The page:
Reply #204 on: Jun 28, 2017, 10:39:55 PM
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Yeah, that does make sense actually.

Man, David has become such a creep...



TWJones
Jun 29, 2017, 01:32:42 PM
Reply #206 on: Jun 29, 2017, 01:32:42 PM
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I don't really think it fits David's character, though. I like the way it is in the film. It's similar to the way he infected Holloway. He kills them, but not directly like a human would do. It's almost like he's trying to justify what he does to them, because in his view what he's doing to them isn't wrong at all.   
David just forcing Oram to look inside the egg is a bit silly and out of character, in my opinion. But, one could argue that David is out of character for most of the film.  :P

I totally understand where you're coming from, although I do think that David has this undercurrent of violence throughout the entire film, which we see when he stabs Walter, and when he overpowers Daniels. So to me, I do think that grabbing Oram by the hair and shoving his face into an egg that's just beginning to open would make sense.

In fact, I would have liked to have seen Oram say "No, I'm not looking in there. You tell me what it is." And then to see David get really frustrated that things aren't going according to plan, until he finally "loses his composure" and forces Oram's face just above the egg.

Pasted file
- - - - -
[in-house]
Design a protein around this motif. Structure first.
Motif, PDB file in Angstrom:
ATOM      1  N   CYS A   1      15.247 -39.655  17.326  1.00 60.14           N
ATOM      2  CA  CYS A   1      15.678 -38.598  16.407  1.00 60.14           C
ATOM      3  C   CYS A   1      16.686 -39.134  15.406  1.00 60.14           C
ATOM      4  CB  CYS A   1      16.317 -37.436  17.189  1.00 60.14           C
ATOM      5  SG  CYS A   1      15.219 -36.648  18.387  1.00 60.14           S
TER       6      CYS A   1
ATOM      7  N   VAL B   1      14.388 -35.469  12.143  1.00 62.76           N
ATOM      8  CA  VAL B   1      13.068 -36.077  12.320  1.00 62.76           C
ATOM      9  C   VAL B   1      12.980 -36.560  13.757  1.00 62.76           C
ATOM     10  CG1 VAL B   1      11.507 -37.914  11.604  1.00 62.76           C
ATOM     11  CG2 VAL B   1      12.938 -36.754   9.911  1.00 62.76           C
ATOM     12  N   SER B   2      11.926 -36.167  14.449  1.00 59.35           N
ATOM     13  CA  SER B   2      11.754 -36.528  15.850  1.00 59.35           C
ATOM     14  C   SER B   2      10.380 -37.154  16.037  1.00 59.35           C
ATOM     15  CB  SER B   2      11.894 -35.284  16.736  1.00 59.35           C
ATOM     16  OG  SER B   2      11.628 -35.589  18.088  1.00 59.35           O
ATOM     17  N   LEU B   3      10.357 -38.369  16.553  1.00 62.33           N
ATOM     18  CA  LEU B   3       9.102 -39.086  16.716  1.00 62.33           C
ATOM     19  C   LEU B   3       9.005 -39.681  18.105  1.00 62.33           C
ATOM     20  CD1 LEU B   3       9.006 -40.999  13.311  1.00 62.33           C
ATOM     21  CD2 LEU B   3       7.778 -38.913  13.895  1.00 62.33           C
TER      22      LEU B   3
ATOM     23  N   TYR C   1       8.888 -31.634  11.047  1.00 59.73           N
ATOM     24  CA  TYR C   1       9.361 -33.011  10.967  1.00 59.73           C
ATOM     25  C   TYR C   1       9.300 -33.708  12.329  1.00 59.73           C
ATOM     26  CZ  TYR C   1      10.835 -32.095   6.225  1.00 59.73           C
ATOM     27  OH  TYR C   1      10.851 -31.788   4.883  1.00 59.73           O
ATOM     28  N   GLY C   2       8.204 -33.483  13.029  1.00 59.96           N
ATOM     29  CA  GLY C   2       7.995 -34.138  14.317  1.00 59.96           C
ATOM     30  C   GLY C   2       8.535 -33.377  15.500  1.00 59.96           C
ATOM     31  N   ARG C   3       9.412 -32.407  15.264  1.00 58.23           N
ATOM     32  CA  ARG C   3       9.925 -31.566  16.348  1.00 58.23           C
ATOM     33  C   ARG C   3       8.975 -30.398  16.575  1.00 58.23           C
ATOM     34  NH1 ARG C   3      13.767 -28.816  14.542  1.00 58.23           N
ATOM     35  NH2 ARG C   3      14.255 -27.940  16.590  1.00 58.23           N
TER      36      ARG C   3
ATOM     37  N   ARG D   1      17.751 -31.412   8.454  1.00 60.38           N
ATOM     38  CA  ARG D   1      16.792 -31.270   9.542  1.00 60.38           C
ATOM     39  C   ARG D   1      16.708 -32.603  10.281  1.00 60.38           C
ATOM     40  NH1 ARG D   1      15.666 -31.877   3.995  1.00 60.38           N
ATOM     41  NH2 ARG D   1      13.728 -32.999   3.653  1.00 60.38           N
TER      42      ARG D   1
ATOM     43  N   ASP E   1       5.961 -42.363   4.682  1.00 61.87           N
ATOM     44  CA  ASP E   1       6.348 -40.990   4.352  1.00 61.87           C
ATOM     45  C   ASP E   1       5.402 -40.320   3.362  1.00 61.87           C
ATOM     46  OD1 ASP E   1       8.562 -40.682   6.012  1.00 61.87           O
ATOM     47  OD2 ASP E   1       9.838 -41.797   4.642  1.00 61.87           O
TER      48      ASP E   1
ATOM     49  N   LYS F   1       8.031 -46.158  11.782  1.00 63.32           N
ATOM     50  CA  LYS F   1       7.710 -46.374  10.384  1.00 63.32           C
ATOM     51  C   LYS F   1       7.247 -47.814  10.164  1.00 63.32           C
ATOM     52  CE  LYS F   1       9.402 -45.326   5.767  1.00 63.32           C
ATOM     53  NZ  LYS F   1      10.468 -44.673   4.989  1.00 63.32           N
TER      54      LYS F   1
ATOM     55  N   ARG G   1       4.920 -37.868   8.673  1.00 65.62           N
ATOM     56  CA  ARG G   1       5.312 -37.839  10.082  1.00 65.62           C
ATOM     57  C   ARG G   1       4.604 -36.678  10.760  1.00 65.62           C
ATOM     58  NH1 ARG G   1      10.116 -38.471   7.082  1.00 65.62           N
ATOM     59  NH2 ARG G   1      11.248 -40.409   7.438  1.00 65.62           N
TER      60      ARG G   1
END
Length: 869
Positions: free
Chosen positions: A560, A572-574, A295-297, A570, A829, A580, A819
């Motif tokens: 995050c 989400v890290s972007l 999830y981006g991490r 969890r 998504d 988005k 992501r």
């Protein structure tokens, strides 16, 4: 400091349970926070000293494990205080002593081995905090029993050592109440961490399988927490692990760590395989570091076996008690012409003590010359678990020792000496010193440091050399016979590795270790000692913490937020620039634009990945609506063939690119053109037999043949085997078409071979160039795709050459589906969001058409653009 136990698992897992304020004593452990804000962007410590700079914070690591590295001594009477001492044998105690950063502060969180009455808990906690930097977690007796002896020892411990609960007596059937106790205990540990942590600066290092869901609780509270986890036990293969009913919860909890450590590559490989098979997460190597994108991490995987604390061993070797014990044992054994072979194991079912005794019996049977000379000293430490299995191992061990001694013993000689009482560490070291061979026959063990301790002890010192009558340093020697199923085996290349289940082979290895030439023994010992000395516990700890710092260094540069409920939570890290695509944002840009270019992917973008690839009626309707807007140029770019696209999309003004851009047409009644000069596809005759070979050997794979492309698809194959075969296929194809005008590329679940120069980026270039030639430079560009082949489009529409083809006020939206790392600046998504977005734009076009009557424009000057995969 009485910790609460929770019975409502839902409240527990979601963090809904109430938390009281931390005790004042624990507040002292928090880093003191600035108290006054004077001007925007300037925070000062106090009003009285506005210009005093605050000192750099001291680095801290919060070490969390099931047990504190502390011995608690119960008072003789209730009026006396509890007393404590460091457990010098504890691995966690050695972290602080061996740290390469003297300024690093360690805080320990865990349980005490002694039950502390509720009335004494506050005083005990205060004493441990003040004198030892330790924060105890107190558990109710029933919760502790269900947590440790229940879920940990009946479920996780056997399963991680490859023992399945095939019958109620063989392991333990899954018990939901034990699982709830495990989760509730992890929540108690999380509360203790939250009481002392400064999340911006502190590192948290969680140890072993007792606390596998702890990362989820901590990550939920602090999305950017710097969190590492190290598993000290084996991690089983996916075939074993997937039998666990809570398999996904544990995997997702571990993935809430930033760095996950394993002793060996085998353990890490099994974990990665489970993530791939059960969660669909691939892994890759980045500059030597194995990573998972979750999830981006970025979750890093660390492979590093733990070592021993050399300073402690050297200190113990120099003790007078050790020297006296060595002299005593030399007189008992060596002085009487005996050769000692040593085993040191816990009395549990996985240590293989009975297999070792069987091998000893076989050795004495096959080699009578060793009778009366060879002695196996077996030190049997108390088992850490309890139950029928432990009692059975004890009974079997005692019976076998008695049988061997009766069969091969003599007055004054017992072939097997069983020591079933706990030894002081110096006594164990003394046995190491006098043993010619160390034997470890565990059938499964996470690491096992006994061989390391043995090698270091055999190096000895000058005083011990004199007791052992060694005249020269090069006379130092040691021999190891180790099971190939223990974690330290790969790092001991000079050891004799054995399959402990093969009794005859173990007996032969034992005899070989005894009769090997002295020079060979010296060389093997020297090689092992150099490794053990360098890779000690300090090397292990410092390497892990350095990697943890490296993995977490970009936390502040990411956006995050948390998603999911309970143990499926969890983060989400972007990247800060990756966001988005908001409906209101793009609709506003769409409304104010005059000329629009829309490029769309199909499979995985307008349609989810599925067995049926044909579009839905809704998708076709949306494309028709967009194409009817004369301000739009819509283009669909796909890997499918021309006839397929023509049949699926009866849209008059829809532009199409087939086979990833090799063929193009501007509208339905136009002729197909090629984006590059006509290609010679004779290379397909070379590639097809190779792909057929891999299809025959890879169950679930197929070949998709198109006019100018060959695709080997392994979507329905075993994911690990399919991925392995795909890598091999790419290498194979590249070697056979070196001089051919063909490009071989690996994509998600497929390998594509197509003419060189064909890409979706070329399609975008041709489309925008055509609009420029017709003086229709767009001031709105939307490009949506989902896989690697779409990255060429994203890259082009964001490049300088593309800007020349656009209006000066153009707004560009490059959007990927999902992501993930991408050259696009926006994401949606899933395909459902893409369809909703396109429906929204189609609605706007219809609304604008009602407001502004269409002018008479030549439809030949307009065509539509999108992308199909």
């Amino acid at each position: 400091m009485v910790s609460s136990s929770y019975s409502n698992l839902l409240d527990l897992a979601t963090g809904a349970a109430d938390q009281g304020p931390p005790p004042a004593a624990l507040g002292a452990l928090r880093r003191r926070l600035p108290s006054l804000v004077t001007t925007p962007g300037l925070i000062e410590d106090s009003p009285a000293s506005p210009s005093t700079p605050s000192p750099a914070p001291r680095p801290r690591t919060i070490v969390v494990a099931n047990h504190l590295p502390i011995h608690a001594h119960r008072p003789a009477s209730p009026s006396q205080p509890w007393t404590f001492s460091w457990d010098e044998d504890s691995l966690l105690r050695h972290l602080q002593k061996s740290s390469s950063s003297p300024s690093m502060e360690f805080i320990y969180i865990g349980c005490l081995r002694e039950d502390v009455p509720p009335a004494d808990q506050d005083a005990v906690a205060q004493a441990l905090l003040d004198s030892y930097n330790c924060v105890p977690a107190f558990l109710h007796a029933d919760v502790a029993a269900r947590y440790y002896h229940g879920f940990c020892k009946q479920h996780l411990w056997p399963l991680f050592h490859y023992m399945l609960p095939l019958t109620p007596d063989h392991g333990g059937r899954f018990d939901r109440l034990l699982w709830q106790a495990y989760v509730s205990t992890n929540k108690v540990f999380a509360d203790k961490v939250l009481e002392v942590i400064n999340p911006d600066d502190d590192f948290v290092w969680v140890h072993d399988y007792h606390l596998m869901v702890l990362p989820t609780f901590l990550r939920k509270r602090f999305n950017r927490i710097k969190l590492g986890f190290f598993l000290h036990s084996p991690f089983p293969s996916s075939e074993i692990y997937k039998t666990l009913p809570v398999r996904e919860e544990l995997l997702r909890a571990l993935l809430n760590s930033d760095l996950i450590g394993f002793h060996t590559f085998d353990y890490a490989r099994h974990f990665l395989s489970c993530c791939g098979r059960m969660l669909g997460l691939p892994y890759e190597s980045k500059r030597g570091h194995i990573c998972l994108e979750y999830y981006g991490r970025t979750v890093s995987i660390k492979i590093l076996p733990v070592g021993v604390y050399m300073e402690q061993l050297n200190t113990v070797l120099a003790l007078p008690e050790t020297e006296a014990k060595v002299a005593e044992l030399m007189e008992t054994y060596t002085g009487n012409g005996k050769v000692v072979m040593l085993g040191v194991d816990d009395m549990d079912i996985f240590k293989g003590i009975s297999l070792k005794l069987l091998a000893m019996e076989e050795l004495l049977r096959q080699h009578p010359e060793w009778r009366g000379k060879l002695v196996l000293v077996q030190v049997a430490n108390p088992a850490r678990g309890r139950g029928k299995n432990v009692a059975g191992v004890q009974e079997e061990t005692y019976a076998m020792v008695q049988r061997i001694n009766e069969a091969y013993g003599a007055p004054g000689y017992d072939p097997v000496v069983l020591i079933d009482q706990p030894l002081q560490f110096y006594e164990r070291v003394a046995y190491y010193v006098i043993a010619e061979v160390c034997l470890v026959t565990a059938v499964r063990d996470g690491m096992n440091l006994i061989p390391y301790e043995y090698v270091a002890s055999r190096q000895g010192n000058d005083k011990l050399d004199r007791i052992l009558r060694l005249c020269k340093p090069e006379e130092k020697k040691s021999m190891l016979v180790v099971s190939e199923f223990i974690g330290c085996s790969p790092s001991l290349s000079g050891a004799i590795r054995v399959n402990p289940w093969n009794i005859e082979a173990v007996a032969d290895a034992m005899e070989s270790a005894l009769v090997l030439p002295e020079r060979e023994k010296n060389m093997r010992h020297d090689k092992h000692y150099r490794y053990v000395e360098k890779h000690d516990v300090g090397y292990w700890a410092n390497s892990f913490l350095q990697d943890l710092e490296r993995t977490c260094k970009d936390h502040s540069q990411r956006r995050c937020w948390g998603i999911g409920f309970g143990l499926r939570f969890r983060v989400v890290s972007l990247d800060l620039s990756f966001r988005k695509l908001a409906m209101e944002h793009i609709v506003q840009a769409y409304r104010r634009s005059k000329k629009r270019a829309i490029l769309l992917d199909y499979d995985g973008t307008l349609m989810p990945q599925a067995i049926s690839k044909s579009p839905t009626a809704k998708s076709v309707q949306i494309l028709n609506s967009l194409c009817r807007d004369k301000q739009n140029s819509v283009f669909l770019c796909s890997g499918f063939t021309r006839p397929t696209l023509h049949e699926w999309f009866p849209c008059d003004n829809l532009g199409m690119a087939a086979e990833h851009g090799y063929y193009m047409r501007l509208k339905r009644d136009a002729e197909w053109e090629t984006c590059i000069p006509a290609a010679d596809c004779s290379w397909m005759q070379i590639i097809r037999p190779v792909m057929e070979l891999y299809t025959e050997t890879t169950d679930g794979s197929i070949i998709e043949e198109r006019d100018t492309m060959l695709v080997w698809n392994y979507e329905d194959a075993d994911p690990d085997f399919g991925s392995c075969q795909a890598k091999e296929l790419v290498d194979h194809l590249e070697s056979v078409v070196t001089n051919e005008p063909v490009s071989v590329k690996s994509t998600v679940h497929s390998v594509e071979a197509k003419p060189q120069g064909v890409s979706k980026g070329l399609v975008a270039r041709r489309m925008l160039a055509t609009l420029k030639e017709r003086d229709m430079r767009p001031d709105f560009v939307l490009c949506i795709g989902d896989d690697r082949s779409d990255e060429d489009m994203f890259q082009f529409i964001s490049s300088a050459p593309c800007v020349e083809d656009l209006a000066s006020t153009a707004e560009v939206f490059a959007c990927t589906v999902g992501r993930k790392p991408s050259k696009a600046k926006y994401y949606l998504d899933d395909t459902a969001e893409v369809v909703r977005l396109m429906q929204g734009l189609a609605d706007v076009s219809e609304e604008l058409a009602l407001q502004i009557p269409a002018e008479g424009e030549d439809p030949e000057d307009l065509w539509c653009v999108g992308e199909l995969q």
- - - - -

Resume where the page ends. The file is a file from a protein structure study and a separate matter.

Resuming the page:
It would have removed the silliness of Oram just blindly looking into an egg when it's apparent that David is not right, and his lab is full of horrific creatures, and they've been under attack by horrific creatures. Obviously, something cute and cuddly is not inside the egg. I would have felt a lot different about this whole scene if Oram had shown a little more caution.

Apprently, Billy Crudup didn't even want to do it this way. He and Ridley had a bit of an argument about Oram just looking inside the egg. Crudup said, "No way, I know what happens when people look into it." And then he backed away. Ridley said, "Just look in the god damn egg."

So the set up was there to have it done a different way.

Subvert the expectations, I say. Take something recognizable, and do it a differently, do it in a way that gets to the same goal, just by a different route.


D. Compton Ambrose
Jun 29, 2017, 09:59:51 PM
Reply #207 on: Jun 29, 2017, 09:59:51 PM
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One thing I don't get, is why would David try to violate Daniels? He even says something along the lines of ''Now I see why Walter thought so much of you.'' Wait, he's admiring Daniels? Why? I thought he hated humans.. Except for Shaw, I guess.

I think it is a testament to the idea that there are serious repercussions involved in meddling with the natural order of things. The Androids and the Engineers' biotechnology always seemed to me to be Scott's ways of saying we're not as important in the universe as we may seem, and that for each and every action there is an equal and opposite reaction, a sort of failsafe - if you will. We and the Engineers developed weapons of mass destruction, compelling the fundamental laws of nature to react in kind. David's programming has been rendered "all other priorities rescinded", and has fallen into a psychological undertow beckoned forth by said unwritten laws. David marvels at the hive intelligence of the motes in awe, as if he worships it. "Creation", the raw drive to reproduce and multiply. Humanity has their 'gods', David has his 'creation'. Stealing fire from said 'gods' and destroying them with it. It all makes sense, really.